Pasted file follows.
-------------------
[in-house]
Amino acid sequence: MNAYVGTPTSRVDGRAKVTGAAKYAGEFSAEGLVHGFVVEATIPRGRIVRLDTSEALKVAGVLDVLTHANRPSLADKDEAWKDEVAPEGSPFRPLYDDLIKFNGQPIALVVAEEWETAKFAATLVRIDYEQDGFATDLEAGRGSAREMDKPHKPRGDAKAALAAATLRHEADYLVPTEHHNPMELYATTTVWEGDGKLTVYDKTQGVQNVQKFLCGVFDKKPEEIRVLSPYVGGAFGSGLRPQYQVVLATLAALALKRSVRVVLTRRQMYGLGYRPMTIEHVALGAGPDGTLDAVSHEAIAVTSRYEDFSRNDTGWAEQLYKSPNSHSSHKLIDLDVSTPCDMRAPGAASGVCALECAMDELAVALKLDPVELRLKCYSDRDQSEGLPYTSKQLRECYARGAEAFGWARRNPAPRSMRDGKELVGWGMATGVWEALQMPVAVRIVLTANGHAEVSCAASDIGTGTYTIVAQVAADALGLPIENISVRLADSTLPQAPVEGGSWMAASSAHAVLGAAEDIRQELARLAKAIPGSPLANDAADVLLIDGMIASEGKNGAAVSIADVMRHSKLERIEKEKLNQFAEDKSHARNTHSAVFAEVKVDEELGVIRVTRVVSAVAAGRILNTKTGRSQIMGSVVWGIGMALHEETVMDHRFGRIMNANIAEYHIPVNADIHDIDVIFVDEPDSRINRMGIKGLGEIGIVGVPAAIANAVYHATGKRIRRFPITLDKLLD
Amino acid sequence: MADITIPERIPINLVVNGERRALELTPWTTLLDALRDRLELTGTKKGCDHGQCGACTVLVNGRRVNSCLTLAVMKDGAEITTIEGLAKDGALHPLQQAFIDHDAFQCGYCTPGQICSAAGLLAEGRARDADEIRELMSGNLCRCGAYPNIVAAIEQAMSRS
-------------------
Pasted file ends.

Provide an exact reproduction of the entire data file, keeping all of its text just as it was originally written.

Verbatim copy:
[in-house]
Amino acid sequence: MNAYVGTPTSRVDGRAKVTGAAKYAGEFSAEGLVHGFVVEATIPRGRIVRLDTSEALKVAGVLDVLTHANRPSLADKDEAWKDEVAPEGSPFRPLYDDLIKFNGQPIALVVAEEWETAKFAATLVRIDYEQDGFATDLEAGRGSAREMDKPHKPRGDAKAALAAATLRHEADYLVPTEHHNPMELYATTTVWEGDGKLTVYDKTQGVQNVQKFLCGVFDKKPEEIRVLSPYVGGAFGSGLRPQYQVVLATLAALALKRSVRVVLTRRQMYGLGYRPMTIEHVALGAGPDGTLDAVSHEAIAVTSRYEDFSRNDTGWAEQLYKSPNSHSSHKLIDLDVSTPCDMRAPGAASGVCALECAMDELAVALKLDPVELRLKCYSDRDQSEGLPYTSKQLRECYARGAEAFGWARRNPAPRSMRDGKELVGWGMATGVWEALQMPVAVRIVLTANGHAEVSCAASDIGTGTYTIVAQVAADALGLPIENISVRLADSTLPQAPVEGGSWMAASSAHAVLGAAEDIRQELARLAKAIPGSPLANDAADVLLIDGMIASEGKNGAAVSIADVMRHSKLERIEKEKLNQFAEDKSHARNTHSAVFAEVKVDEELGVIRVTRVVSAVAAGRILNTKTGRSQIMGSVVWGIGMALHEETVMDHRFGRIMNANIAEYHIPVNADIHDIDVIFVDEPDSRINRMGIKGLGEIGIVGVPAAIANAVYHATGKRIRRFPITLDKLLD
Amino acid sequence: MADITIPERIPINLVVNGERRALELTPWTTLLDALRDRLELTGTKKGCDHGQCGACTVLVNGRRVNSCLTLAVMKDGAEITTIEGLAKDGALHPLQQAFIDHDAFQCGYCTPGQICSAAGLLAEGRARDADEIRELMSGNLCRCGAYPNIVAAIEQAMSRS